New Species of Sauropod Dinosaur Discovered in Argentina | Sci.News


Paleontologists in Argentina have found fossil fragments from a new genus and species of rebbachisaurid sauropod dinosaur that walked the Earth more than 90 million years ago.

An artist’s impression of Sidersaura marae. Image credit: Gabriel Diaz Yantén.

An artist’s impression of Sidersaura marae. Image credit: Gabriel Diaz Yantén.

The newly-discovered dinosaur lived in what is now Argentina during the Cenomanian age of the Late Cretaceous epoch, between 96 and 93 million years ago.

Scientifically named Sidersaura marae, the ancient beast was up to 20 m in length, had an estimated mass of 15 tons, and had a very long tail.

The animal belongs to Rebbachisauridae, a large family of sauropod dinosaurs known from fragmentary fossil remains from South America, Africa, North America, Europe and Asia.

These dinosaurs are distinguished from other sauropods by their distinctive teeth. Some species had tooth batteries, similar to those of hadrosaur and ceratopsian dinosaurs.

“Rebbachisaurids were very important dinosaurs in Cretaceous ecosystems and disappeared in the middle of this period in an extinction event that took place 90 million years ago,” said Dr. Lucas Nicolás Lerzo, a paleontologist at Fundación Azara – Universidad Maimónides and CONICET, and his colleagues.

Sidersaura marae is one of the last rebbachisaurids, but at the same time it belongs to an ancient lineage in evolutionary terms.”

“This shows us that at the end of their time some of early rebbachisaurids survived, and that these were the largest of their group, given that they could reach nearly 20 m in length.”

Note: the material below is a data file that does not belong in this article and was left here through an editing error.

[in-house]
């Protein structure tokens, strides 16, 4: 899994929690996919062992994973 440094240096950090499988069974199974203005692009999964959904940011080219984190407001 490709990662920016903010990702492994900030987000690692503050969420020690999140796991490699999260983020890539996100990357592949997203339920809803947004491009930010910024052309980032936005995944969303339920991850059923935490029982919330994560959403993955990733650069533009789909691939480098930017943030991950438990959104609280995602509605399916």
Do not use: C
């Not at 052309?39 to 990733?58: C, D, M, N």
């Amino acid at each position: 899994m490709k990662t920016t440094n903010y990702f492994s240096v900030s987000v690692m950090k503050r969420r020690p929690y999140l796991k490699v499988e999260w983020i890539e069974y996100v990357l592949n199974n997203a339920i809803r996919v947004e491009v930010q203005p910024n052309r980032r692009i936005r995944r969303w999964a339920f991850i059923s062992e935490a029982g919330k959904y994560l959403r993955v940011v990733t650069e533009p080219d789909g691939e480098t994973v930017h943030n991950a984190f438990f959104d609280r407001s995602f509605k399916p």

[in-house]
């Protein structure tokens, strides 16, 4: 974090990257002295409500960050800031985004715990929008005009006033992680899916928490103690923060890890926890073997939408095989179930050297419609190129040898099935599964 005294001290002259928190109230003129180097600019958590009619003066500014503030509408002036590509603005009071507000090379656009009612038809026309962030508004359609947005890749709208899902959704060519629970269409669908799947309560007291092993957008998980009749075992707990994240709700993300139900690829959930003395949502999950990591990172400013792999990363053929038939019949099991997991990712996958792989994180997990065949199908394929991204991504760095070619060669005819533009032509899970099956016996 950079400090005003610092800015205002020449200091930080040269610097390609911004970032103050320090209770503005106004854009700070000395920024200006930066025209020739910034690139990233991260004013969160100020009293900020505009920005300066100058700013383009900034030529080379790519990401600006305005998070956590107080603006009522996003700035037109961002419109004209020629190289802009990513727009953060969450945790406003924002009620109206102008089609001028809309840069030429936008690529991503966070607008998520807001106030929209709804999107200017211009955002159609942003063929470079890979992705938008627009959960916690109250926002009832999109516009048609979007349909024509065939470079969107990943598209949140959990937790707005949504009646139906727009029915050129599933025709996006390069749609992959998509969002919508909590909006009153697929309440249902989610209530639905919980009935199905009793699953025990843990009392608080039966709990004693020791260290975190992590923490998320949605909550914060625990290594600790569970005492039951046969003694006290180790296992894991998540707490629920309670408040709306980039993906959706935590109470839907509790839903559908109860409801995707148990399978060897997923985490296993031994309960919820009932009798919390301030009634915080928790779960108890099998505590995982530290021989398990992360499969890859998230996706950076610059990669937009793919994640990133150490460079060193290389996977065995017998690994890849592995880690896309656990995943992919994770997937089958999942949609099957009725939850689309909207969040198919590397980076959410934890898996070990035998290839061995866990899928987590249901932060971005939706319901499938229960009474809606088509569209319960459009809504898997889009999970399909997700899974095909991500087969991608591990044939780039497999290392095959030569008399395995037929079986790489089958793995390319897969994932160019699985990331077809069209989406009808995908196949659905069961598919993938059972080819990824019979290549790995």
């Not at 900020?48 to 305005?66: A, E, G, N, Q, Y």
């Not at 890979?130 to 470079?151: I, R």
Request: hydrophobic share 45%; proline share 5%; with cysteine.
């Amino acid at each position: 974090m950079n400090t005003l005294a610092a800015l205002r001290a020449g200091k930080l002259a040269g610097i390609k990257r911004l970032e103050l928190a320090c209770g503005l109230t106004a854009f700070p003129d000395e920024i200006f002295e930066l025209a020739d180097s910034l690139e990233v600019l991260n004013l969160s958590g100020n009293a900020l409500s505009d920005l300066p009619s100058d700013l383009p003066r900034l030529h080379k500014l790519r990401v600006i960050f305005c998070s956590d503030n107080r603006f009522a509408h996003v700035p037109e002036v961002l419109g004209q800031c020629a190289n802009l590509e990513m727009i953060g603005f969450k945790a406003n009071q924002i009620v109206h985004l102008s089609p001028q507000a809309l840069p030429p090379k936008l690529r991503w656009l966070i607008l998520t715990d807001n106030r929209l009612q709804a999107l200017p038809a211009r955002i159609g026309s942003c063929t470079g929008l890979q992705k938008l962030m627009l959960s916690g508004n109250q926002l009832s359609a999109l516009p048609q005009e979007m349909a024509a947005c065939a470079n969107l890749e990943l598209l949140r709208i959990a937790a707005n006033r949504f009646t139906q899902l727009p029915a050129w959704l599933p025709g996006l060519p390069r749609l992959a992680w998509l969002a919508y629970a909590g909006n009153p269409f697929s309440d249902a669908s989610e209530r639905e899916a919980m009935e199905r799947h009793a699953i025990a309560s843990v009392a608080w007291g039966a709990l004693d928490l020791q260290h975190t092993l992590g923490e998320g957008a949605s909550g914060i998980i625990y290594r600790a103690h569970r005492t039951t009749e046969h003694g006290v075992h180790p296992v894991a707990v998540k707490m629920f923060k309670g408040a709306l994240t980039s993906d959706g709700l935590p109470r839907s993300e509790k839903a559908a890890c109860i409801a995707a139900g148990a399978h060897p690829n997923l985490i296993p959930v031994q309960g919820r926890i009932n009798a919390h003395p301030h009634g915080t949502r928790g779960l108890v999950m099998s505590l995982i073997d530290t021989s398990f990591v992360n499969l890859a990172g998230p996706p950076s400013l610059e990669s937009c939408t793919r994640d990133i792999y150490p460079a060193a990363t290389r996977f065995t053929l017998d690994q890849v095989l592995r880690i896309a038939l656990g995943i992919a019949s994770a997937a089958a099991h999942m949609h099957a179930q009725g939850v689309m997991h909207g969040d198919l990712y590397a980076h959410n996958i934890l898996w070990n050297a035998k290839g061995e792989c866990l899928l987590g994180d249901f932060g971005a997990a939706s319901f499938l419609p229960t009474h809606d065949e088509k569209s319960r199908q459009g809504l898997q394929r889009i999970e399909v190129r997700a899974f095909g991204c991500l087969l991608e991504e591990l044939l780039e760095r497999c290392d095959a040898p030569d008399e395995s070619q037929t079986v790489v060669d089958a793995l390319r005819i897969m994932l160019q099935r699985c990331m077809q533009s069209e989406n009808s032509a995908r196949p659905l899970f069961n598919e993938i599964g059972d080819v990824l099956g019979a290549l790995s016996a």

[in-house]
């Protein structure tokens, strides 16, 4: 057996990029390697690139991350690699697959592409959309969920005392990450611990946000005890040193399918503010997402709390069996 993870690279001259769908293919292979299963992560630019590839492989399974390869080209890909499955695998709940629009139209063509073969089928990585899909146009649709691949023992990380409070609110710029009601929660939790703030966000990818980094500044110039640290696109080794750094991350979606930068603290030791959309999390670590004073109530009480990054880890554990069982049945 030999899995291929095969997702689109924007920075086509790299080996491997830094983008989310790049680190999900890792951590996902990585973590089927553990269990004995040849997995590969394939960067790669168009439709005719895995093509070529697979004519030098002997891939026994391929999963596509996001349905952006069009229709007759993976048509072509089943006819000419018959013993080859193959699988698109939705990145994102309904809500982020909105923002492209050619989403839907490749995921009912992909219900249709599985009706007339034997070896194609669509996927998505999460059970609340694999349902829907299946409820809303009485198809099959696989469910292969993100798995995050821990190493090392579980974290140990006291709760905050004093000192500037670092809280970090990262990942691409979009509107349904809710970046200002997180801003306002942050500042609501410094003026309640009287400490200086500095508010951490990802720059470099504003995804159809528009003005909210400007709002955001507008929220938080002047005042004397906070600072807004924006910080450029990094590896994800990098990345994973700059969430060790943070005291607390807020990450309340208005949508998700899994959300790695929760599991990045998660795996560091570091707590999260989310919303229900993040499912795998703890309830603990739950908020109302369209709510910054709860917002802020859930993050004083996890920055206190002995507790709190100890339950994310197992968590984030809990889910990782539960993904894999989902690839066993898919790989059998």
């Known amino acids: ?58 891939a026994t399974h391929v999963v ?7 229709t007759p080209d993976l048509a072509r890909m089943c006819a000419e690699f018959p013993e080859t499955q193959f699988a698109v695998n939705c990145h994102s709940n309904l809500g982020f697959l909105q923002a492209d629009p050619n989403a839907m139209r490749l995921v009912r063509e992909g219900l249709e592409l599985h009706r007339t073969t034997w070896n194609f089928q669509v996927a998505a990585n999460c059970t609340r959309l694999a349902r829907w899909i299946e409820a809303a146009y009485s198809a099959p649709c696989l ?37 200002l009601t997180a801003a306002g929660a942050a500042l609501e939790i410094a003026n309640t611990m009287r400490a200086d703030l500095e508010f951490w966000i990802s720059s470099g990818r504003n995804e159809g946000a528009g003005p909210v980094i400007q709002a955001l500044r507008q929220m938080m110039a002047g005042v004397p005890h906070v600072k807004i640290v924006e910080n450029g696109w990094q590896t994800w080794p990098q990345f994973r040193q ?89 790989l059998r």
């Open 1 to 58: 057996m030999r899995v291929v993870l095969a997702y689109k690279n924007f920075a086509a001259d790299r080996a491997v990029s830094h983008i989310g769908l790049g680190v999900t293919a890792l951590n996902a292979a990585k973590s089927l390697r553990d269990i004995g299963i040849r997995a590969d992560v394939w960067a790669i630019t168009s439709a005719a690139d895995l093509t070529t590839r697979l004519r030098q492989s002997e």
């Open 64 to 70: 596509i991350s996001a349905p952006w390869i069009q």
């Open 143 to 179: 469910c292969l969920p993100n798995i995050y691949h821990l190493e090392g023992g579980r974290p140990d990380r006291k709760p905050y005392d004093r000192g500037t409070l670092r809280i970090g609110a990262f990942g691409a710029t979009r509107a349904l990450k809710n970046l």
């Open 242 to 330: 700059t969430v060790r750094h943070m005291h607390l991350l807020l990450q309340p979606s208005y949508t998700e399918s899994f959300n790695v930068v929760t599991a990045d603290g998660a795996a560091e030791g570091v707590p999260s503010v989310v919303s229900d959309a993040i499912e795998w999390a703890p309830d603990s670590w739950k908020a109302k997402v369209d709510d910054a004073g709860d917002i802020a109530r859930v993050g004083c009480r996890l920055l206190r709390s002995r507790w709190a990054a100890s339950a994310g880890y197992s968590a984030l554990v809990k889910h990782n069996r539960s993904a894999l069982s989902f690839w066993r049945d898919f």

Sidersaura marae fossil. Image credit: Lerzo et al., doi: 10.1080/08912963.2023.2297914.

Sidersaura marae fossil. Image credit: Lerzo et al., doi: 10.1080/08912963.2023.2297914.

The fossilized bones of Sidersaura marae were recovered from rocks of the Huincul Formation of Neuquén province, Patagonia, Argentina.

“Among the remains found are vertebrae from the sacral area and the partially articulated tail, bones from the hind limbs, parts of the skull and vertebrae from the tail,” Dr. Lerzo said.

“Having several specimens that overlap anatomically allowed us to correlate them and better understand the characteristics of this new sauropod dinosaur.”

According to the team, one of the characteristics that distinguish Sidersaura marae from other dinosaurs is the star-shaped shape of the hemal arches (tail bones).

Furthermore, its skull bones are robust, unlike those of the rest of its closest relatives.

“Another cranial feature that differentiates Sidersaura marae from other rebbachisaurids is its frontoparietal foramen, which is basically a hole in the roof of the skull,” the paleontologists said.

“This trait brings it closer to dicraeosaurids, a family of sauropod dinosaurs known for having spines on their necks and backs.”

“The presence of an early species at Cenomanian-Turonian times, so close to the extinction of the group, implies that the evolutionary history of Rebbachisauridae was more complex than previously thought,” they concluded.

Their paper was published in the journal Historical Biology.

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Lucas Nicolás Lerzo et al. The last of the oldies: a basal rebbachisaurid (Sauropoda, Diplodocoidea) from the early Late Cretaceous (Cenomanian-Turonian) of Patagonia, Argentina. Historical Biology, published online January 3, 2024; doi: 10.1080/08912963.2023.2297914



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